Toy manufacturers know that a successful TV series based on one their products leads to better sales. Deregulation in the 80s allowed toy makers to fund what were essentially half-hour toy ads masquerading as cartoons and live-action shows. The key issue is getting the target audience to watch, which means making the shows enjoyable to watch. Hasbro has had the most success with their spin-off series, from the various Transformers efforts to My Little Pony: Friendship Is Magic. The latter series has helped Hasbro gain in sales while other toy makers saw sales falling. From the creative point of view, the success of a series based on a toy hinges on two elements – the popularity of the show and the popularity of the toy. If either drops, the show is no longer supported. There have been times when the show’s popularity far outstripped the sales of the toy it was based on. One of the exemplars of the phenomenon is Captain Power & The Soldiers of the Future.
Mattel‘s major line has been Barbie. The doll has sustained the company for almost 60 years. However, few companies want to rely on just one product to sustain them. Mattel expanded its toy lines to include items of interest to boys, with Hot Wheels the best known line. In a competitive market, companies are always searching for the next big thing to cash in on. Mattel thought they had found that next big thing with interactive TV.
In the 80s, interactive TV was in its embryonic stage. The idea of viewers participating with what they watched became possible as electronics took advantage of the potential of the silicon chip. While the first patent in the US for interactive TV was issued in 1994, the concept predates the patent. NABU Networks was an ambitious attempt to combine cable television with an Internet-like connection with the ability to play games appeared in 1983, though it folded in 1986. By 1987, Mattel developed a version of the technology for their own use, but didn’t have yet have a toy developed.
In steps Gary Goddard, who had an idea for a live-action children’s series. Mattel saw a way to use their new technology, The result is Captain Power and the Soldiers of the Future. Mattel had requirements, mainly at least three minutes of interactivity per episode, but allowed Goddard to develop the series the way he wanted. Technically, this means that Captain Power isn’t an adaptation but a joint effort. However, the development of the series was separate from the interactive technology and the toys released. The fate of Captain Power is still instructive.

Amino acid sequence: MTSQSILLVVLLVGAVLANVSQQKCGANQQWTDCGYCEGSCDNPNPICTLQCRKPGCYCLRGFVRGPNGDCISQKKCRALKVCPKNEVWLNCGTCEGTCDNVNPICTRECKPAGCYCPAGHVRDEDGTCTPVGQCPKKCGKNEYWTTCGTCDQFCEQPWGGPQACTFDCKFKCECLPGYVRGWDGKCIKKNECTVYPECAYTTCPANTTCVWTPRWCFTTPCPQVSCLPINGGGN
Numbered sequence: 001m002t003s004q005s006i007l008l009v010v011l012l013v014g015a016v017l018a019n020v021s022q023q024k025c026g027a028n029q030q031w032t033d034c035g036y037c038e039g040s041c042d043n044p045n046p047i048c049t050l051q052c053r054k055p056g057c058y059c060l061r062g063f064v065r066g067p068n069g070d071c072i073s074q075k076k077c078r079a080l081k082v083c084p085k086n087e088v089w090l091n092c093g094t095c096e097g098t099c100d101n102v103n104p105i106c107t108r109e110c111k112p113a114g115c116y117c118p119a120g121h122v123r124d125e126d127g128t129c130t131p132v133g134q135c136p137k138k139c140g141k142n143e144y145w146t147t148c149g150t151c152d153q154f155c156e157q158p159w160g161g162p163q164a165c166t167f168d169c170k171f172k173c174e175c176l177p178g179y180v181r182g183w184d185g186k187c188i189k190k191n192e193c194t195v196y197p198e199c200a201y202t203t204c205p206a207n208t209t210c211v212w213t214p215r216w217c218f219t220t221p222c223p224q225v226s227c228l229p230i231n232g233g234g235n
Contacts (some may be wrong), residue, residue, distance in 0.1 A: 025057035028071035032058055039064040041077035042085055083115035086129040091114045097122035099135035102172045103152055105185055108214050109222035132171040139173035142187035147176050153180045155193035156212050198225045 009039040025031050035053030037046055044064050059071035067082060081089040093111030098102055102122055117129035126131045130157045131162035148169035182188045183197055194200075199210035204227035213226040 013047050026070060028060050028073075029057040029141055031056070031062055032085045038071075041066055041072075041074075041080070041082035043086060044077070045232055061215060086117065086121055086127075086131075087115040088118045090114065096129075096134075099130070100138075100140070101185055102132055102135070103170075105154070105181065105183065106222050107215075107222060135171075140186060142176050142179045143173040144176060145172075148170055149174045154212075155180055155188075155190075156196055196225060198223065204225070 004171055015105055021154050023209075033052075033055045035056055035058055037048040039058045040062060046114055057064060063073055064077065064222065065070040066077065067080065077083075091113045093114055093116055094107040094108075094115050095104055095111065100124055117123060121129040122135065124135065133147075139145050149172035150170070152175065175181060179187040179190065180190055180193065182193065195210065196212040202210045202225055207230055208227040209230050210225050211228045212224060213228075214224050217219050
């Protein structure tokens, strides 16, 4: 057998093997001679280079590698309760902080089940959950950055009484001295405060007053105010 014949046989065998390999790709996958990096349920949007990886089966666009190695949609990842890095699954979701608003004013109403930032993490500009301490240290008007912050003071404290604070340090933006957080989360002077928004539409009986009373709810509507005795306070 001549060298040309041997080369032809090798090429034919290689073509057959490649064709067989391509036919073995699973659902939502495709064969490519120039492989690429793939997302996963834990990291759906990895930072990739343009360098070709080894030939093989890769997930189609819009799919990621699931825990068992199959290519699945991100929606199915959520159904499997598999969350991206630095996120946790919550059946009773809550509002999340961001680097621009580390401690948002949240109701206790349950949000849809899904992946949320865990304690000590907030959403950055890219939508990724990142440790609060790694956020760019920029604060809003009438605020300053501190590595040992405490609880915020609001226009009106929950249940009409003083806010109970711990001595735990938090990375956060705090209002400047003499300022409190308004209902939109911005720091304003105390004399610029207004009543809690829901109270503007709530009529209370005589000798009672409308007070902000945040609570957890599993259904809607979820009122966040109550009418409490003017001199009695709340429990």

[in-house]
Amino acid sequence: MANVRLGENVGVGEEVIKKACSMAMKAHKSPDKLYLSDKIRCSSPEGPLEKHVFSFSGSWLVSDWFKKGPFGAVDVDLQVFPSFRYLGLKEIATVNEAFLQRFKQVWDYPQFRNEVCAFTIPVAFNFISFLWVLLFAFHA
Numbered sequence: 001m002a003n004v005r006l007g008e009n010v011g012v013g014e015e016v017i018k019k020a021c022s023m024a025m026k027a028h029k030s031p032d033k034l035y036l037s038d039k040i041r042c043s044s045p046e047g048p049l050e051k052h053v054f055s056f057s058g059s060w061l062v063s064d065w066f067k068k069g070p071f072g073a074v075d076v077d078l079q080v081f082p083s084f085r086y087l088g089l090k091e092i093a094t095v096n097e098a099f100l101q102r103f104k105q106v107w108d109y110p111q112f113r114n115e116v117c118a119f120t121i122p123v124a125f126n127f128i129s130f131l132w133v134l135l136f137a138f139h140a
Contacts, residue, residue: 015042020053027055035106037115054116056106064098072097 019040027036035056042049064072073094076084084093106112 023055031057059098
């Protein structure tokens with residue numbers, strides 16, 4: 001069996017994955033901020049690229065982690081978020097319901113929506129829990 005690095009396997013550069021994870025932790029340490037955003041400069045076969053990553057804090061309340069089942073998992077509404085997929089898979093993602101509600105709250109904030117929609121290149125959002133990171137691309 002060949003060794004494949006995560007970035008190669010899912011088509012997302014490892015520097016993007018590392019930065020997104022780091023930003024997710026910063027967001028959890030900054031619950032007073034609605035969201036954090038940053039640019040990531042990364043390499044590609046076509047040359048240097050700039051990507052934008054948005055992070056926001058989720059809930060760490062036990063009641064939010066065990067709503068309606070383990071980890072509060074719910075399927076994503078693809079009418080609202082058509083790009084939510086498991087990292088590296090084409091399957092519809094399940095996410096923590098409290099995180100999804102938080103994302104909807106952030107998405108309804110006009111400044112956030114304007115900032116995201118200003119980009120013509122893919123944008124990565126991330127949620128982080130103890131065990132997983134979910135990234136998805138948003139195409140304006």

The toys and the show were parallel developments. Goddard, who also acted as the producer, decided to film in Toronto, Ontario. To qualify for tax breaks*, he had to make a decision about which parts of the show would use Canadian talent and which parts wouldn’t. He went with using American writers, including J. Michael Straczynski, Larry DiTillio, Marc Scott Zircee, Michael Reaves, and Christy Marx. Goddard reasoned that if the writing was strong, the directors, all pulled from Toronto’s television industry, would be able to work with the scripts despite being unfamiliar with science fiction**. The writing staff was able to work with the requirements. The big one was the three minutes of interactivity . The closing credits provided one minute, and the writing staff started most episodes with an action sequence that led into the main plot, eating up another minute there. A climactic action sequence would use the last required minute, if not more.
Mattel developed the toy line, including the PowerJet and action figures. The PowerJet and similiar, like the PowerBase and the MagnaCycle, were deisgned to interact with the TV series and with three video tapes released. The toys reacted to signals in the shows, scoring both hits made on targets and hits made on the toy. Get hit too often, the pilot ejects. The toys could be played with as stand-alone, not needing the show or the video cassettes, but the main focus was the interactivity.